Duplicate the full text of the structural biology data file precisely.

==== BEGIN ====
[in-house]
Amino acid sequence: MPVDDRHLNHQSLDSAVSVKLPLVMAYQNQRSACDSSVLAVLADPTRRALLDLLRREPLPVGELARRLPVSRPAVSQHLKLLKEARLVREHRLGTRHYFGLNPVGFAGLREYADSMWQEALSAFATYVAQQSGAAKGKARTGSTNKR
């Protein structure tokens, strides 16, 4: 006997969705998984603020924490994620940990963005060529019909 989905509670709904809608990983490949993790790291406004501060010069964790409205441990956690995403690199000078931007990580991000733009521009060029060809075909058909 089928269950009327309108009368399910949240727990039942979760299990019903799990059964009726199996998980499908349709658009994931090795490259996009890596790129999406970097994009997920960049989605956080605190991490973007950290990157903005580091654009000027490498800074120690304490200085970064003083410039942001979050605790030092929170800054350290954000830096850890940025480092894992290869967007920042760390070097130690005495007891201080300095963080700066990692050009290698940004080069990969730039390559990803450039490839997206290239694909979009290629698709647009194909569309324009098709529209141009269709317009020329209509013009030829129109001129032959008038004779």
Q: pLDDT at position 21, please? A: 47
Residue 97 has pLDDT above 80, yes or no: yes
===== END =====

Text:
[in-house]
Amino acid sequence: MPVDDRHLNHQSLDSAVSVKLPLVMAYQNQRSACDSSVLAVLADPTRRALLDLLRREPLPVGELARRLPVSRPAVSQHLKLLKEARLVREHRLGTRHYFGLNPVGFAGLREYADSMWQEALSAFATYVAQQSGAAKGKARTGSTNKR
């Protein structure tokens, strides 16, 4: 006997969705998984603020924490994620940990963005060529019909 989905509670709904809608990983490949993790790291406004501060010069964790409205441990956690995403690199000078931007990580991000733009521009060029060809075909058909 089928269950009327309108009368399910949240727990039942979760299990019903799990059964009726199996998980499908349709658009994931090795490259996009890596790129999406970097994009997920960049989605956080605190991490973007950290990157903005580091654009000027490498800074120690304490200085970064003083410039942001979050605790030092929170800054350290954000830096850890940025480092894992290869967007920042760390070097130690005495007891201080300095963080700066990692050009290698940004080069990969730039390559990803450039490839997206290239694909979009290629698709647009194909569309324009098709529209141009269709317009020329209509013009030829129109001129032959008038004779």
Q: pLDDT at position 21, please? A: 47
Residue 97 has pLDDT above 80, yes or no: yes